New Drug Re-Grows Hair in Some

The first thing a patient noticed was he was growing a real beard. The patient had gone years losing hair on his face, head, legs and arms.

The patient suffers from an autoimmune disease called alopecia areata that afflicts close to 1% of males and females, causing their hair to fall out and often times it is over the entire body.

After using a number of treatments, the man enrolled in a Columbian University Medical Center study that tested whether a treatment that had been approved for a disorder in bone marrow could help those who suffered from alopecia.

One of the leaders of that study, Angela Christiano is a professor of dermatology and a geneticist who suffers from alopecia areata.

After testing successfully using mice two drugs from the JAK inhibitors series of new medicines, which suppress the immune system activity through blocking the release of certain enzymes, researchers started testing ruxolitinib on five males and seven females.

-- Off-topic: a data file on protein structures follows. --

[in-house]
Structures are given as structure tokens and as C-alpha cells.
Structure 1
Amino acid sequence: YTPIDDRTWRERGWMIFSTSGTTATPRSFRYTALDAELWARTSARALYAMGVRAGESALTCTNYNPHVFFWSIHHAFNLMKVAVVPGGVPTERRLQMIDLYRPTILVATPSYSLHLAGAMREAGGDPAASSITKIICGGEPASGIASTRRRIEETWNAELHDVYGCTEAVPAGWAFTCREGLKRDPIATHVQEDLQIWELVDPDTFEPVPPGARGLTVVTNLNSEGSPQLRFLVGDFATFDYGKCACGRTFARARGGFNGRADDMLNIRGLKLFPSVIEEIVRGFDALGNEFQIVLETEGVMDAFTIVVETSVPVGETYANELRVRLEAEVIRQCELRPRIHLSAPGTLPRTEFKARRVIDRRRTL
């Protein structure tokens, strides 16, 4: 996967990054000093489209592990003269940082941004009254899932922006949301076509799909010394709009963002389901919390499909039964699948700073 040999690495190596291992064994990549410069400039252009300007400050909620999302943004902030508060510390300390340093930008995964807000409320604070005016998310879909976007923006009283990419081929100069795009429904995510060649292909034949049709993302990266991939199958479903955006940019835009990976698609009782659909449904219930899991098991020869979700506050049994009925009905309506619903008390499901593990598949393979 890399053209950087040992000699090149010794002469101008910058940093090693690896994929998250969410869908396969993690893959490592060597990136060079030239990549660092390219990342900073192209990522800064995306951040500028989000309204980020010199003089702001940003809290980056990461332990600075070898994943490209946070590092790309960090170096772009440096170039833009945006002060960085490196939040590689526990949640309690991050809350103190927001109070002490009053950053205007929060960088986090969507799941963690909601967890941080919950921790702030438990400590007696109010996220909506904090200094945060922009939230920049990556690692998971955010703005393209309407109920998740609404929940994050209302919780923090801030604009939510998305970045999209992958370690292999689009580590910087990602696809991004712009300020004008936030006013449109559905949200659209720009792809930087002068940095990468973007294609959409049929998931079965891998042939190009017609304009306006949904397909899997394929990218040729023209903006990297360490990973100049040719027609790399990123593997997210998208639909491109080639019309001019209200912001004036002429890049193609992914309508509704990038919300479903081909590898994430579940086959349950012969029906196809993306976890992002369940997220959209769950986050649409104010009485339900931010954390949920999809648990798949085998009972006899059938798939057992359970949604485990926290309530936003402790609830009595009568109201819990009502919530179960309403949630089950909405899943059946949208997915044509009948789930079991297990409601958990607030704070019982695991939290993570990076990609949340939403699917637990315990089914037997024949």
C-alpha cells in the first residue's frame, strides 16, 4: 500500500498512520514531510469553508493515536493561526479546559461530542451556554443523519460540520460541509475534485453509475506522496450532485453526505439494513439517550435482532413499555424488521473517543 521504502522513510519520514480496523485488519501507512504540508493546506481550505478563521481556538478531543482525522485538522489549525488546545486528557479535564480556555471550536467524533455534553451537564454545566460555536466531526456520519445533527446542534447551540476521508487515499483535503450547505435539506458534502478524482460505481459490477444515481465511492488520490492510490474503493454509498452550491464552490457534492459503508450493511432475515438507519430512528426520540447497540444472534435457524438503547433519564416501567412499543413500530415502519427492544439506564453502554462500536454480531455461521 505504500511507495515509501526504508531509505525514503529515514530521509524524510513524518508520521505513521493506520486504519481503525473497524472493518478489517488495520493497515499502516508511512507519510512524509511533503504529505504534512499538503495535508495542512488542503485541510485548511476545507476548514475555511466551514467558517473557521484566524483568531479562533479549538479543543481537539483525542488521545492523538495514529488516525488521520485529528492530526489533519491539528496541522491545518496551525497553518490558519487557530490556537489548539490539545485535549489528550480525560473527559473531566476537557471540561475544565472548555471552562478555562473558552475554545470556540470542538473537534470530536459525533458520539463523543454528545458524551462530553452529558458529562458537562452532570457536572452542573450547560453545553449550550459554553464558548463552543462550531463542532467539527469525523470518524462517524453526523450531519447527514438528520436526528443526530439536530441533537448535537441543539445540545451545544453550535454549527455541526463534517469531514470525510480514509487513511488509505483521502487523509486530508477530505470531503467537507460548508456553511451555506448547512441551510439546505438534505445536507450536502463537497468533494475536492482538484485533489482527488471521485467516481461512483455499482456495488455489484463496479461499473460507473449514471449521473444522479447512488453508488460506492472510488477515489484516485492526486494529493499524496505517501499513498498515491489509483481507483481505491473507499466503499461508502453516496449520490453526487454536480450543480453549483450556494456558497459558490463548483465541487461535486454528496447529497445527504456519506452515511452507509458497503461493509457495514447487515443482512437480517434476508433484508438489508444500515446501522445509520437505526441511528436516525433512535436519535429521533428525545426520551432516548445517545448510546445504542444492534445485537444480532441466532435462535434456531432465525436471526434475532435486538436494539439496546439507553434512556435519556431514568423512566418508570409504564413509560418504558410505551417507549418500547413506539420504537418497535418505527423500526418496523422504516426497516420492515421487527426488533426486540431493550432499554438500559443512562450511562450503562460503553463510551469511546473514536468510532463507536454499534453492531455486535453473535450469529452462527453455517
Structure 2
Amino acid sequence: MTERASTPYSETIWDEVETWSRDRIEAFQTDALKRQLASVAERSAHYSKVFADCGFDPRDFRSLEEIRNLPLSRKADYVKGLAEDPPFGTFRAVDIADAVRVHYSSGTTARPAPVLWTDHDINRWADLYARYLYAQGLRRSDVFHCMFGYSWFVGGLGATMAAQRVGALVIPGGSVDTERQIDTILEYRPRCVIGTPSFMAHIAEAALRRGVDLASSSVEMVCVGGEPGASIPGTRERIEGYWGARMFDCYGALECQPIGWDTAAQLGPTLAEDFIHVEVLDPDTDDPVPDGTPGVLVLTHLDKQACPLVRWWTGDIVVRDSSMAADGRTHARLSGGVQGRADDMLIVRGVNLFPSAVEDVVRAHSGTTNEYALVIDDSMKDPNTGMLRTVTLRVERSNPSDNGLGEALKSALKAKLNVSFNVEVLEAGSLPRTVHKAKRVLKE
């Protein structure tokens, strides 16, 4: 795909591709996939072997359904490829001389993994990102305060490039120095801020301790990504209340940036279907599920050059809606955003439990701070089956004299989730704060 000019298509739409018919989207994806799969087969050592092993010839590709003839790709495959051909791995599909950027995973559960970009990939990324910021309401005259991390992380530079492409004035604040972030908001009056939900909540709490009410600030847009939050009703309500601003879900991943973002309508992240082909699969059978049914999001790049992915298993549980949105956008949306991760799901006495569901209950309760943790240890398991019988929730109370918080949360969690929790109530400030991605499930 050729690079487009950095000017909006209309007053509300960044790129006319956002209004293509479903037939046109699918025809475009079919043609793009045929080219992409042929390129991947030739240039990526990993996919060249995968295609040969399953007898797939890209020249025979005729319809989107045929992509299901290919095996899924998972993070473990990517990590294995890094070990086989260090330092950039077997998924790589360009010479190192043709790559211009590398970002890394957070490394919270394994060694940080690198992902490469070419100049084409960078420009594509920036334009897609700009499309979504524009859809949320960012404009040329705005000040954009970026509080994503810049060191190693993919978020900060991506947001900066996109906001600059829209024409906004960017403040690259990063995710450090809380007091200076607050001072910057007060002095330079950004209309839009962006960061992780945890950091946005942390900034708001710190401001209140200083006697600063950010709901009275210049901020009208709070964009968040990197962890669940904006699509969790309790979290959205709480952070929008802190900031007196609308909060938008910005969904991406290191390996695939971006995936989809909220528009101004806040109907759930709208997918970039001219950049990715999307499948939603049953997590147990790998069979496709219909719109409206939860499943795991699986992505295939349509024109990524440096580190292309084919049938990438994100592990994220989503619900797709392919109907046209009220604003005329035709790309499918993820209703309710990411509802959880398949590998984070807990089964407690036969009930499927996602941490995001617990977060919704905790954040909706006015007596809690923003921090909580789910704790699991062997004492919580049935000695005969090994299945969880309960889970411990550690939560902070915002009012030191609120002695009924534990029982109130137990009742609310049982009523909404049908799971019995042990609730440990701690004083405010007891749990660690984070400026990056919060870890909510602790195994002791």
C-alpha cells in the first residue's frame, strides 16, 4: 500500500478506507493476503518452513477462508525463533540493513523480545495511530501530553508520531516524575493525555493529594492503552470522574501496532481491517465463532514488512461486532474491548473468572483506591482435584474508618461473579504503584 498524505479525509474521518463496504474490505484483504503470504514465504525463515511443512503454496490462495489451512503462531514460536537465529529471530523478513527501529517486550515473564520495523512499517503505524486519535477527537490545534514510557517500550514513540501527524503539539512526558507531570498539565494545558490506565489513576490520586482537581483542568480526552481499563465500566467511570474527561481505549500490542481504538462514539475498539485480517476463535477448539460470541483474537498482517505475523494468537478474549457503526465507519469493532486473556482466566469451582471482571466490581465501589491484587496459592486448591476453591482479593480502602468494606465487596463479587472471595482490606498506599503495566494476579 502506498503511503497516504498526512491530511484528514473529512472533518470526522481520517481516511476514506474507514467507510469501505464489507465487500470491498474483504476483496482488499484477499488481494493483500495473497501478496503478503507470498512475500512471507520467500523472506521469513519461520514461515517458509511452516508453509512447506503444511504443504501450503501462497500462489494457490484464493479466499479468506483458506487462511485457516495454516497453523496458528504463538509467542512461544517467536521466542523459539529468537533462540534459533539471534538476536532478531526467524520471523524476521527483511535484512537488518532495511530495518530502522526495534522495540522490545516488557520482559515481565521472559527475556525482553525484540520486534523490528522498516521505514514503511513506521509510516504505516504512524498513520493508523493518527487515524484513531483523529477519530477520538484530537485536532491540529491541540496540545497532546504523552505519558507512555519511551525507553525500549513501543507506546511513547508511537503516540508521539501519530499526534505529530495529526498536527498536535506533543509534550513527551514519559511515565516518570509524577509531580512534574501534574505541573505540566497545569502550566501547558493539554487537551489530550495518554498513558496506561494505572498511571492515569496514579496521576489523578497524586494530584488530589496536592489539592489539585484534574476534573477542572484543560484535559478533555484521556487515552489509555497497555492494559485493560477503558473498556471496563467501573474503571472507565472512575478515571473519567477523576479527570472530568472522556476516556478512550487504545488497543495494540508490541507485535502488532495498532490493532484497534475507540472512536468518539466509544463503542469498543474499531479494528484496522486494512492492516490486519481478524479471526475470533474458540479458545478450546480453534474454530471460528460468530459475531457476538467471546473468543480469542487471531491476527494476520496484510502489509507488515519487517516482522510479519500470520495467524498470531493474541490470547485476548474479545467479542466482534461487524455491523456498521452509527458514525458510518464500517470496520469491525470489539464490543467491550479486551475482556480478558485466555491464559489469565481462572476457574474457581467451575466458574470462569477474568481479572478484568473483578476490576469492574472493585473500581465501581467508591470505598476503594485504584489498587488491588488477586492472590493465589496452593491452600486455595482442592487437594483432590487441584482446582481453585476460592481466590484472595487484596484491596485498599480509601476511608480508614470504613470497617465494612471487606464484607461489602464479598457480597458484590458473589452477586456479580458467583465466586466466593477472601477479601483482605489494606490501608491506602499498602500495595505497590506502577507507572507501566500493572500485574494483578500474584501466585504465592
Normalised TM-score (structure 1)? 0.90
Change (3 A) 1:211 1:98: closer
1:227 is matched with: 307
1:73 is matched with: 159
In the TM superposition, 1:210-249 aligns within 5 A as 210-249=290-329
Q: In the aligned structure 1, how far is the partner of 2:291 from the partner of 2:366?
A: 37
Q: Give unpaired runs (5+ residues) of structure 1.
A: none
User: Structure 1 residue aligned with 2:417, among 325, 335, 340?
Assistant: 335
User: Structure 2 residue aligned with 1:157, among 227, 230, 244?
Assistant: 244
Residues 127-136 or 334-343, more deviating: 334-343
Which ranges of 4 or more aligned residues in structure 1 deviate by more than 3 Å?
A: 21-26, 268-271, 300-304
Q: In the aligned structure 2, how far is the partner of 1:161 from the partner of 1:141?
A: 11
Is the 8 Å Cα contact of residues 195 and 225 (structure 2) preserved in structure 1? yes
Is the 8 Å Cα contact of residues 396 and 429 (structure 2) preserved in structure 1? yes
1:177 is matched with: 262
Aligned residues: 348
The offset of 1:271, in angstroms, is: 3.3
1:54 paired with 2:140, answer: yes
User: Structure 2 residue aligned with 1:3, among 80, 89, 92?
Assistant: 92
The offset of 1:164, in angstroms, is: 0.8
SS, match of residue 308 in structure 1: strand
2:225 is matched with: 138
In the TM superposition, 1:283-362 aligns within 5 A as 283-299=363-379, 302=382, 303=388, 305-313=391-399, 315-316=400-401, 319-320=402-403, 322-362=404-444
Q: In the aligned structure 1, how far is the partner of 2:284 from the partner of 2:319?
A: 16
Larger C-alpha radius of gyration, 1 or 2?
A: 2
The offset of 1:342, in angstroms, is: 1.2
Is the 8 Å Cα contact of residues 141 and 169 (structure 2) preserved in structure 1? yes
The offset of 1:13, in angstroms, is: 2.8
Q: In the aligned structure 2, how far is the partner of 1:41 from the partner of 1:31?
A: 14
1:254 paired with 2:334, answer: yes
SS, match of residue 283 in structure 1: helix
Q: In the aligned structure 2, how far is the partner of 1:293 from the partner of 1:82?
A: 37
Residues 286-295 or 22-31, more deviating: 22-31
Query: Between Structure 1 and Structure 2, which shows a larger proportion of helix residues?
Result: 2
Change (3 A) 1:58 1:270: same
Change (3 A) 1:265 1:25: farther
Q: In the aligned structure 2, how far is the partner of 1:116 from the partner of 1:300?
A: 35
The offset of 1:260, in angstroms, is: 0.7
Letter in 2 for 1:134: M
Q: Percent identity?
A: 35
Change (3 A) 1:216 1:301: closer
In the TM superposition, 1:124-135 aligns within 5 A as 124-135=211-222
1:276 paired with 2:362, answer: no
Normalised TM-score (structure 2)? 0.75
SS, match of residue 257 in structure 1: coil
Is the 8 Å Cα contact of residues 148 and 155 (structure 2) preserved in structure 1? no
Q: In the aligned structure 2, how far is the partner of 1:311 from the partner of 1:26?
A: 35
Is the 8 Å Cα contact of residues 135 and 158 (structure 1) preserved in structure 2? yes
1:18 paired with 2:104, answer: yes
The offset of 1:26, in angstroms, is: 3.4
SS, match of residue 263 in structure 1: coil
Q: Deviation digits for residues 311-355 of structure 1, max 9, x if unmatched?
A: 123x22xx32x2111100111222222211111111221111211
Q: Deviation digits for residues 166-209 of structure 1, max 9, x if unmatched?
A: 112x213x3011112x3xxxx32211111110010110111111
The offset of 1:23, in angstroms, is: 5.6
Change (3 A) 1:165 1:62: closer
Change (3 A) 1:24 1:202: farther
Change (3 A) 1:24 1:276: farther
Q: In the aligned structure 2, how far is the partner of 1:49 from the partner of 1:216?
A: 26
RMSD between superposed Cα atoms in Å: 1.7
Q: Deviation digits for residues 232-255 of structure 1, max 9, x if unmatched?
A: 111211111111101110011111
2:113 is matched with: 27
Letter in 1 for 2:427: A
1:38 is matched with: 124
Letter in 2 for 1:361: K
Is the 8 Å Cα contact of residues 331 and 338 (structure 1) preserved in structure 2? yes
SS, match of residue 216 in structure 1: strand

The researchers from Columbia University saw results that were significant on several of the participants.

One of the participants said that after five months he had a sizeable amount of hair on his arms, his head and even his back.

The disease acts differently from other forms of hair loss, which includes male pattern baldness. There is not any evidence that the drug works for those particular conditions.

Experts remain cautious even for those with alopecia areata, as it is too soon to determine if this treatment works for the majority of patients and if any significant side effects are found including safety concerns.

The study has continued, but thus far, just a few of the participants were not able to re-grow their hair.

It appears, said researchers, to work not in all of the participants but in a large majority of them.

However, they stressed that more data was required on risks over the long term in people that are healthy. However, it is exciting, said the researchers in terms of finding new hair growth.

Few side effects were experienced by the patients during the study, but it was small and not randomized by comparing the drug to other forms of treatment.